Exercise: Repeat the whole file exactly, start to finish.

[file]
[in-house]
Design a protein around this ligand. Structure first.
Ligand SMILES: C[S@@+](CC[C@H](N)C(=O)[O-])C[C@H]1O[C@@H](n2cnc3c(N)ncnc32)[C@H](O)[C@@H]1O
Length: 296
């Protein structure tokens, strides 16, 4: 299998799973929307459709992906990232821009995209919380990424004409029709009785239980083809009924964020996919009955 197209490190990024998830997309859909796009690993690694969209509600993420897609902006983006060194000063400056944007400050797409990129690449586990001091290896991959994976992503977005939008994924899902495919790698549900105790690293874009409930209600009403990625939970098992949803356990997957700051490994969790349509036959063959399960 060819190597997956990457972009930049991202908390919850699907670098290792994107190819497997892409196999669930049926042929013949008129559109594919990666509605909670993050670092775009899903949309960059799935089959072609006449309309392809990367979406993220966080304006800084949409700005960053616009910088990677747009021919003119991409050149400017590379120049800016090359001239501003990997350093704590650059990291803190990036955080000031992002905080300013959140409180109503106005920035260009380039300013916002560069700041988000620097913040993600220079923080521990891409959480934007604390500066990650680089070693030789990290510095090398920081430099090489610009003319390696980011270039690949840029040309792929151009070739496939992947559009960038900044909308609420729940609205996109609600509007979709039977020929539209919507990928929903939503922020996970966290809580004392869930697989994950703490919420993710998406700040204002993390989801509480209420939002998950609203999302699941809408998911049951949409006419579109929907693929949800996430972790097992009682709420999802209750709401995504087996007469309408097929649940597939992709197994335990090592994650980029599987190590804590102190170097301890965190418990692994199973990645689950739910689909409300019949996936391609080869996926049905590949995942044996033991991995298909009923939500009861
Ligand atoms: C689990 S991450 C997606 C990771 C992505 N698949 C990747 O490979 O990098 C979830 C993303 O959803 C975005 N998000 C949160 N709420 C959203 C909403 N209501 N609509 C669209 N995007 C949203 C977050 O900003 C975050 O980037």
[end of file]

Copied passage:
[in-house]
Design a protein around this ligand. Structure first.
Ligand SMILES: C[S@@+](CC[C@H](N)C(=O)[O-])C[C@H]1O[C@@H](n2cnc3c(N)ncnc32)[C@H](O)[C@@H]1O
Length: 296
């Protein structure tokens, strides 16, 4: 299998799973929307459709992906990232821009995209919380990424004409029709009785239980083809009924964020996919009955 197209490190990024998830997309859909796009690993690694969209509600993420897609902006983006060194000063400056944007400050797409990129690449586990001091290896991959994976992503977005939008994924899902495919790698549900105790690293874009409930209600009403990625939970098992949803356990997957700051490994969790349509036959063959399960 060819190597997956990457972009930049991202908390919850699907670098290792994107190819497997892409196999669930049926042929013949008129559109594919990666509605909670993050670092775009899903949309960059799935089959072609006449309309392809990367979406993220966080304006800084949409700005960053616009910088990677747009021919003119991409050149400017590379120049800016090359001239501003990997350093704590650059990291803190990036955080000031992002905080300013959140409180109503106005920035260009380039300013916002560069700041988000620097913040993600220079923080521990891409959480934007604390500066990650680089070693030789990290510095090398920081430099090489610009003319390696980011270039690949840029040309792929151009070739496939992947559009960038900044909308609420729940609205996109609600509007979709039977020929539209919507990928929903939503922020996970966290809580004392869930697989994950703490919420993710998406700040204002993390989801509480209420939002998950609203999302699941809408998911049951949409006419579109929907693929949800996430972790097992009682709420999802209750709401995504087996007469309408097929649940597939992709197994335990090592994650980029599987190590804590102190170097301890965190418990692994199973990645689950739910689909409300019949996936391609080869996926049905590949995942044996033991991995298909009923939500009861
Ligand atoms: C689990 S991450 C997606 C990771 C992505 N698949 C990747 O490979 O990098 C979830 C993303 O959803 C975005 N998000 C949160 N709420 C959203 C909403 N209501 N609509 C669209 N995007 C949203 C977050 O900003 C975050 O980037």